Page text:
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Why Are Cruise Line COVID-19 Reporting Requirements Stricter Than Other Types of Travel?

Senior Editor, News and Features
Aaron Saunders

Apr 19, 2021

Read time
10 min read

In mid-March 2020, the cruise industry in the United States and abroad shut down in response to the global COVID-19 outbreak. The majority of cruise lines have not restarted, with most imposing voluntary limits through the start of summer on sailings from the U.S. -- and in some cases, well beyond.

Yet airlines, hotels and other forms of travel remain open and ready for business, despite numerous associated COVID-19 outbreaks. Why?

The differences come from the way that the Centers for Disease Control & Prevention has treated cruise lines during the pandemic. The requirements to restart cruises have been hefty, involving processes and regulations that have been almost impossible for the lines to do in a timely manner.

Cruise Critic looks at why the reporting and regulatory requirements for the cruise industry are so vastly different from other forms of travel.

On This Page

What Cruise Lines Are Required to Do

When the pandemic started, cruise lines found themselves on the front lines for highly publicized outbreaks, even as the virus began its worldwide spread through air traffic and international travel. Thousands watched as different ports -- including in some cases, the United States -- turned away ships with positive cases.

Other forms of travel did have some restrictions in those early days, primarily through state-imposed lockdowns and quarantines. Yet those industries were able to get back up and running within weeks.

For cruising, the CDC relied on a No-Sail Order, one that would be extended several times before finally being replaced in late-October with a "Framework for Conditional Sailing" In theory, the order was supposed to allow cruises to slowly restart operations within the United States.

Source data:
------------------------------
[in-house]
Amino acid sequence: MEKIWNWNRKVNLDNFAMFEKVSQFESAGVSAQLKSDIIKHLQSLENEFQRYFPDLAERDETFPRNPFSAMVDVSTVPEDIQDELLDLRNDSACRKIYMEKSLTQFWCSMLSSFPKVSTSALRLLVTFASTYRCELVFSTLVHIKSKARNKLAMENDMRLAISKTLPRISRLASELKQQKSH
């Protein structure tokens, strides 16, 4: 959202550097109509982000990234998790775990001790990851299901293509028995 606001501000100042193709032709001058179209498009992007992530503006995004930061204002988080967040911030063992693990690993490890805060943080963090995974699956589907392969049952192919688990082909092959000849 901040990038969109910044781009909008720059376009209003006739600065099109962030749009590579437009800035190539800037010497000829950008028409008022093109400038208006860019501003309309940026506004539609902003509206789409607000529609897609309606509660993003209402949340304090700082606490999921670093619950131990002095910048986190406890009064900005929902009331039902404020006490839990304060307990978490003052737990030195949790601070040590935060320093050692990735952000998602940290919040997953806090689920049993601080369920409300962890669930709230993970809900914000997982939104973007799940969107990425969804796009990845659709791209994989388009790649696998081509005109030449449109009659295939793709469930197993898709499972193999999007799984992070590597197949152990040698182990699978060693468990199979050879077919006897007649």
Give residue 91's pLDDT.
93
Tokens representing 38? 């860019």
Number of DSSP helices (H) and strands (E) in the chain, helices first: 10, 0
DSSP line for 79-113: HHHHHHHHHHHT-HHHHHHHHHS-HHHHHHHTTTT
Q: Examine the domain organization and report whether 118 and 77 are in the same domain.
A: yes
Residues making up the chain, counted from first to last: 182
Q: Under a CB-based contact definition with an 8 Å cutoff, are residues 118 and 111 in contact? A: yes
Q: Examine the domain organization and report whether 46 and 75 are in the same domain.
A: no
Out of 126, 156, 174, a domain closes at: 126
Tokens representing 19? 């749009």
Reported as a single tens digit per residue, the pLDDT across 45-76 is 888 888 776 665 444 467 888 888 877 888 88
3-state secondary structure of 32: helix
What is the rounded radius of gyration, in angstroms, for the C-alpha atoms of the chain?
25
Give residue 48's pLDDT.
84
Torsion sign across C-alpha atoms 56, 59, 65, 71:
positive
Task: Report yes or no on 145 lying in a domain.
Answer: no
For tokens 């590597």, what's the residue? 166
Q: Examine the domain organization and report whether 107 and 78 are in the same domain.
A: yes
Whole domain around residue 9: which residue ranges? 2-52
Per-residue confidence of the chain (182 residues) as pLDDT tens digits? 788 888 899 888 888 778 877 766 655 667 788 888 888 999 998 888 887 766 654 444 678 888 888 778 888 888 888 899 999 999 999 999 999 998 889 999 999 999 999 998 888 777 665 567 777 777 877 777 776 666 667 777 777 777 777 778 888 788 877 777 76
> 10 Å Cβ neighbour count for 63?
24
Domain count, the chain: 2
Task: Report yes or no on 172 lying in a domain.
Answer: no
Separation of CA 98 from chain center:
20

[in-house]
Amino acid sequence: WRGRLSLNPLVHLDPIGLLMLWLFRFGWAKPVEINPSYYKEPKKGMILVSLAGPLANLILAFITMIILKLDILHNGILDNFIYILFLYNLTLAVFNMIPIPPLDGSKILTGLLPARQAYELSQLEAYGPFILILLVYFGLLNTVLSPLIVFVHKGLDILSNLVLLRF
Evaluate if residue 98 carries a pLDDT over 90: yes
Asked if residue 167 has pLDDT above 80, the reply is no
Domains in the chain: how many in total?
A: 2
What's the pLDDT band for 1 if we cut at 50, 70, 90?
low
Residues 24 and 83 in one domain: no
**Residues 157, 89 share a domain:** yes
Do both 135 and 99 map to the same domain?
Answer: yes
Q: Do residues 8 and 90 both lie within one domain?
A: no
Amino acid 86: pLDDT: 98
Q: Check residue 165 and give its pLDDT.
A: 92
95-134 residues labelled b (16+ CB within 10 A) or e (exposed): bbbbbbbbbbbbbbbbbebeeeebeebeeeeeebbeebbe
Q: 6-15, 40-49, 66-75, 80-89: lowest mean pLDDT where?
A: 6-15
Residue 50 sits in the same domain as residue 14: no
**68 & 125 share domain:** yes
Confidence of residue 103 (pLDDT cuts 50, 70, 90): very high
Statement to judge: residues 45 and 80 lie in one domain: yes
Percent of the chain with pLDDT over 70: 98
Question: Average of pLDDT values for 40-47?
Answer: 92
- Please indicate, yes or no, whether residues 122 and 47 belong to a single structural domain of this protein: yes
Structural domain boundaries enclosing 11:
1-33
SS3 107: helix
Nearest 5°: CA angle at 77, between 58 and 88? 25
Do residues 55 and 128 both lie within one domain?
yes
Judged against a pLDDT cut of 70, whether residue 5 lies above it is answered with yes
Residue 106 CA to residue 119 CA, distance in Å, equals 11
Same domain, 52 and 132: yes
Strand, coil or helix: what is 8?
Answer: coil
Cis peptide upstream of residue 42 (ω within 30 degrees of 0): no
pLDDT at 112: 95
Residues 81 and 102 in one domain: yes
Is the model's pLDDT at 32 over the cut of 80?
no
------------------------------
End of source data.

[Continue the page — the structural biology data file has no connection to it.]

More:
Yet the 40-page document ended up as myriad complex instructions to cruise lines, specifying everything from how passengers behave on cruises, to rules on how they can embark, what they can do when onboard and what happens if any passenger or crew comes down with COVID-19.

The CDC also mandated that cruise lines must perform mock test cruises, with passengers who have not paid for their voyage, in order to test everything from embarkation to bars, lounges and shore excursions, without specifying how or when lines would be allowed to do so.

The CDC's document went beyond the proposed procedures suggested by the industry. A group of experts brought together by Royal Caribbean Group and Norwegian Cruise Line Holdings created a list of 74 different recommendations for the CDC that would allow for a safe and healthy restart of cruise operations, when the time was right.

Currently, the lines say they are trying to comply with the CDC requirements, primarily concentrating on bringing cruise ships back into U.S. ports as the first step in being certified as ready to operate within U.S. waters. Ships are tracked by the CDC on a chart; only when that vessel has achieved "green" status is it eligible to perform functions like crew changes and, eventually, revenue passenger sailings.